More girls needed to study in trades

OFFERING trades ‘taster’ programs and allowing students to complete qualifications in construction while still at school, are two suggestions which may help boost the number of females entering the traditionally male-dominated workforce.

According to the Building Commission NSW Women in Construction report, less than half of small to medium building companies employ less than five per cent women and 35 per cent don’t have any at all.
Research also revealed one in two women employed in the industry, report sexual harassment at work and 71 per cent had experienced gender discrimination.
However among female bricklayers – who only make up one per cent of the brickie workforce, Granville TAFE student Timara Messer is leading the way.
The stage 3 bricklaying apprentice hopes to finish her studies at the end of the year and said she has been really enjoying the work.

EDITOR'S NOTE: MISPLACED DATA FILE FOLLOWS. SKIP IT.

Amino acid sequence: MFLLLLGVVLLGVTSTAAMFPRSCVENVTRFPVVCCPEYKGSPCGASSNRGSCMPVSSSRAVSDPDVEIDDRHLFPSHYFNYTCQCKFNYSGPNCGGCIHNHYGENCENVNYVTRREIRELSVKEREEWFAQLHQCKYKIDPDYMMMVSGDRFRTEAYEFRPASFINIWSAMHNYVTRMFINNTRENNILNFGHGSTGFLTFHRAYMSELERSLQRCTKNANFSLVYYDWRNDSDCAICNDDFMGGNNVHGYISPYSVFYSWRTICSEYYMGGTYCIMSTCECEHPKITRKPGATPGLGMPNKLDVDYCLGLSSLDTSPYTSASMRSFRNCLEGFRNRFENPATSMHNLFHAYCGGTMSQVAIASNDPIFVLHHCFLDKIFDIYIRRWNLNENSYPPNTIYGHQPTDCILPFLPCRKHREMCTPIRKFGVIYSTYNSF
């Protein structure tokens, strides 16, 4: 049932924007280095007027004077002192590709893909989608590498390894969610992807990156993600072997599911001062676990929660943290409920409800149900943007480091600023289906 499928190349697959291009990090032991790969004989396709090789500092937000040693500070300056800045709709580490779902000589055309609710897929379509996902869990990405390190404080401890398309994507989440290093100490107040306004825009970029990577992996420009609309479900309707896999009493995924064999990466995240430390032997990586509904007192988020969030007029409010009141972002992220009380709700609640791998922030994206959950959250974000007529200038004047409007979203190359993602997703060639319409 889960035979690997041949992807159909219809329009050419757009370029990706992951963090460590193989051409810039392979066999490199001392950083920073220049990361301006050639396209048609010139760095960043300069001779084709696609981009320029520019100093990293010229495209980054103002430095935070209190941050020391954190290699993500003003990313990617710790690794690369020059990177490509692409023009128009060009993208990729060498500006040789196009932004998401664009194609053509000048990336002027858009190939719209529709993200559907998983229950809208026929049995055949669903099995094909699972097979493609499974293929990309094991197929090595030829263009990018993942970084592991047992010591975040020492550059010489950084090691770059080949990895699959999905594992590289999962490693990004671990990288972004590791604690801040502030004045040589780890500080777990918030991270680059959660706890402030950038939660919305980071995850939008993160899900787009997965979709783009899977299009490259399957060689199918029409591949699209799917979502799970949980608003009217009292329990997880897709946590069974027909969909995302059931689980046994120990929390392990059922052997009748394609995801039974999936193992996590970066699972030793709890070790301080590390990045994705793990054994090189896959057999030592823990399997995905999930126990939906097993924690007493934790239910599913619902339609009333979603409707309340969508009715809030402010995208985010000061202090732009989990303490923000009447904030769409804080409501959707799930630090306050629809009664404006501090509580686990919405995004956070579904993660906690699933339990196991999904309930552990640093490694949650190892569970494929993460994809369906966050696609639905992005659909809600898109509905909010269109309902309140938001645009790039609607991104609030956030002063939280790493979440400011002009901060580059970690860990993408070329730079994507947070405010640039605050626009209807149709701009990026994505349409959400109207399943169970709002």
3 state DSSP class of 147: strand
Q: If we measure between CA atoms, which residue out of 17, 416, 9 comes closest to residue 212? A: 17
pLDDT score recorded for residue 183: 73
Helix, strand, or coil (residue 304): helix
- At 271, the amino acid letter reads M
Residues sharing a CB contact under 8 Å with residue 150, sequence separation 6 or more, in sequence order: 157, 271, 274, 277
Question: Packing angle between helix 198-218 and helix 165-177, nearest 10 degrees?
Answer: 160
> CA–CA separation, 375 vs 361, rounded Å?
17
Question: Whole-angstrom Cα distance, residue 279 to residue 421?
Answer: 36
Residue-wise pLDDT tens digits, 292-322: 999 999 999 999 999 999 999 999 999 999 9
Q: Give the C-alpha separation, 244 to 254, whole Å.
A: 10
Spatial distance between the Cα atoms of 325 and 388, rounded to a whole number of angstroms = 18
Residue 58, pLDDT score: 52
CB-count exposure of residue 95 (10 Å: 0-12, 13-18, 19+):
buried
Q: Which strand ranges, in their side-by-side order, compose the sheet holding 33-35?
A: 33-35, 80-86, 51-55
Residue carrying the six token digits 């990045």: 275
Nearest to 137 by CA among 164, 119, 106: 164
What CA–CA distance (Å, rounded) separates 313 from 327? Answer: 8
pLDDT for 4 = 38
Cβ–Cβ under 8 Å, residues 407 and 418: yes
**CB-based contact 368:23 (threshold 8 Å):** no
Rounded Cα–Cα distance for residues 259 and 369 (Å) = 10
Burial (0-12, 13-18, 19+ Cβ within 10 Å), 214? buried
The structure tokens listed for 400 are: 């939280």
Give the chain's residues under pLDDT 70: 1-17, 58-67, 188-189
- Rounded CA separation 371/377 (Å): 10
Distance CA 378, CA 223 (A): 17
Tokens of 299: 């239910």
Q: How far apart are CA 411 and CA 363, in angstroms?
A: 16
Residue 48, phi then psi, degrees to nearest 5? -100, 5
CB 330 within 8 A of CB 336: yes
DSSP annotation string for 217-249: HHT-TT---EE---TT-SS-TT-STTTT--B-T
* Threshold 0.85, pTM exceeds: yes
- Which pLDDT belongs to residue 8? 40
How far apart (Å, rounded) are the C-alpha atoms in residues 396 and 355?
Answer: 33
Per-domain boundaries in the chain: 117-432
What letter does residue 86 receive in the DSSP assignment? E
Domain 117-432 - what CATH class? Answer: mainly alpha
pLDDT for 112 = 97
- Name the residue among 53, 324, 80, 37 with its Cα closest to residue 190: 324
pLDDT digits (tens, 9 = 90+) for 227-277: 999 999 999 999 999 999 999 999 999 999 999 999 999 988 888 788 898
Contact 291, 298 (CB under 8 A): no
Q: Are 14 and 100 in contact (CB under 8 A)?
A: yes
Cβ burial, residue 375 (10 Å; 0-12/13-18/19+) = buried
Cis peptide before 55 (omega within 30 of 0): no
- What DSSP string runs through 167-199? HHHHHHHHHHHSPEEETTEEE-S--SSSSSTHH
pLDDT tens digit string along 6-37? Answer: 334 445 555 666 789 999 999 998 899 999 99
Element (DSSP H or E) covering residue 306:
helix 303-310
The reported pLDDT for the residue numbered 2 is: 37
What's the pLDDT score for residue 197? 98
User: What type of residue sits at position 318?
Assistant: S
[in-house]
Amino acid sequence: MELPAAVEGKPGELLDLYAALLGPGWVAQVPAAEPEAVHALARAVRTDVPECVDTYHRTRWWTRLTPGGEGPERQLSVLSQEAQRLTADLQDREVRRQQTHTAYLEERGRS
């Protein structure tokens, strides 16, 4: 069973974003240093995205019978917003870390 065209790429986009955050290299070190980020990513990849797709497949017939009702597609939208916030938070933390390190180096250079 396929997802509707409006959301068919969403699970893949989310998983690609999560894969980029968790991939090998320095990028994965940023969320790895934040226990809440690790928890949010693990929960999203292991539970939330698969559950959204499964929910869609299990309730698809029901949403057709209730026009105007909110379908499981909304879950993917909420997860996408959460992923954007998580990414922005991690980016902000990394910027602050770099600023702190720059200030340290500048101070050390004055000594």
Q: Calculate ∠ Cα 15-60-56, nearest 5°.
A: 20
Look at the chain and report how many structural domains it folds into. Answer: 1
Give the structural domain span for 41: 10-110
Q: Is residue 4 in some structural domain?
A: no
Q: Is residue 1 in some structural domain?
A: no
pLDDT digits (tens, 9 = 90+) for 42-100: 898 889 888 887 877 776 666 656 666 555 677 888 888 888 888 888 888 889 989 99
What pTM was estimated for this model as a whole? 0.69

Being a labourer for four years before taking up bricklaying, she says she is as fit as any male and probably stronger too.
“I would definitely recommend other women give it a go,” she said, adding that she’d never experienced any kind of discrimination.
“It’s a lot of fun and pays well so why not.”
Her Granville TAFE teacher Glen Edwards couldn’t agree more.
“Timara is just as capable as the males in the class, possibly even more so,” he said.
“She pays great attention to detail and is highly motivated and willing; studying a trade would benefit many young women.”
Housing Industry Association (HIA) Executive Director, Compliance and Workplace Relations, Melissa Adler said that while the number of women in the construction industry is still lower than they would like, the numbers are rising steadily.